A century ago, Los Angeles engineers drained a lush valley 200 miles north to provide water for the future metropolis. The fate of Owens Valley, which was transformed from pasture to desert in just 13 years, became an apocryphal fable that was enshrined in the public imagination, most notably through the 1974 film Chinatown.

Almost 50 years later, Mono County tribal leaders and ranchers are fighting L.A. water authorities to prevent the repeating of history in Long Valley, 50 miles north of Owens Valley. And they’ve recruited a respected UCLA environmentalist to aid in their cause.

In the new documentary Without Water, Stephanie Pincetl, director of the California Center for Sustainable Communities at UCLA, argues that Long Valley is a test case for big cities seeking smarter ways to provide water to their customers without creating new dust bowls. It’s an issue that’s historically, legally and morally complex.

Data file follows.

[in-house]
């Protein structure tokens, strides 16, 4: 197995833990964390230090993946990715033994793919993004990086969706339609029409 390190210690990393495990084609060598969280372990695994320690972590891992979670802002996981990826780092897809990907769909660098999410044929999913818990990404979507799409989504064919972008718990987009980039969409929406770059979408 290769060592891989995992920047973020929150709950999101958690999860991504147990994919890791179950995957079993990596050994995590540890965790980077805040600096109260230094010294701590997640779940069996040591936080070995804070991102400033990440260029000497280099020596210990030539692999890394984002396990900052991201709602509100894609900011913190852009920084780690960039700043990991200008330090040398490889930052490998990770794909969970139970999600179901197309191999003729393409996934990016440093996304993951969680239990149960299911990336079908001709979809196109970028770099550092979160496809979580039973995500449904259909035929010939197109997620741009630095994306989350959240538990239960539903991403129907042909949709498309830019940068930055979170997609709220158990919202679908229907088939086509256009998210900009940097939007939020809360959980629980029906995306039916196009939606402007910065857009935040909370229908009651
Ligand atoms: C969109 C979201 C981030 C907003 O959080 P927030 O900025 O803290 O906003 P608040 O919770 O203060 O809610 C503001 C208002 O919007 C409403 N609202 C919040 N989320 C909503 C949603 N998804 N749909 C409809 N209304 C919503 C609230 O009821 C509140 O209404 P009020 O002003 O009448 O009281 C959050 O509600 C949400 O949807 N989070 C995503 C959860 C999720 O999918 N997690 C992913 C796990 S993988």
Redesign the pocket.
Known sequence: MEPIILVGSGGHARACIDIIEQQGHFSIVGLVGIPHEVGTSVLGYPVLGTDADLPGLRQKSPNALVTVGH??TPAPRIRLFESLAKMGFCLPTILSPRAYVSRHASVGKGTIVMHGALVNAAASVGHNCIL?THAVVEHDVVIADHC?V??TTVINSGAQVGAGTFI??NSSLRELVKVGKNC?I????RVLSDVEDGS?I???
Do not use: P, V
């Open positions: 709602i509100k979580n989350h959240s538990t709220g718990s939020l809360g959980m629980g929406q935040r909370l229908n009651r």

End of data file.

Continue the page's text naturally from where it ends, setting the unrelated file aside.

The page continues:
The Los Angeles Department of Water and Power still draws water from the eastern slope of the Sierra Mountains and delivers it to the metropolitan area via the Los Angeles Aqueduct, completed in 1913. The DWP owns water rights and much of the land south of the Mammoth Mountain Ski Area — land that it acquired legally, though stealthily, more than a century ago. But Pincetl argues that the aqueduct was built when water seemed limitless. Today’s DWP, she says, must rethink available water sources before taking more water from Long Valley.

“In the face of climate change, we can manage water scarcity in L.A. through reorganizing existing structures, so we only import water in wet years and store it here for future use,” she says. “LADWP has to communicate that people have to use less water.”

The issue is forcing officials to revisit the interrelationships of Southern California communities. “Today, we do not give water the priority it needs,” Pincetl says. “Maybe it is too tough a challenge for many leaders. That makes fresh thinking for tomorrow all the more urgent.”

Watch the trailer for Without Water

Read more from UCLA Magazine’s Winter 2023 issue.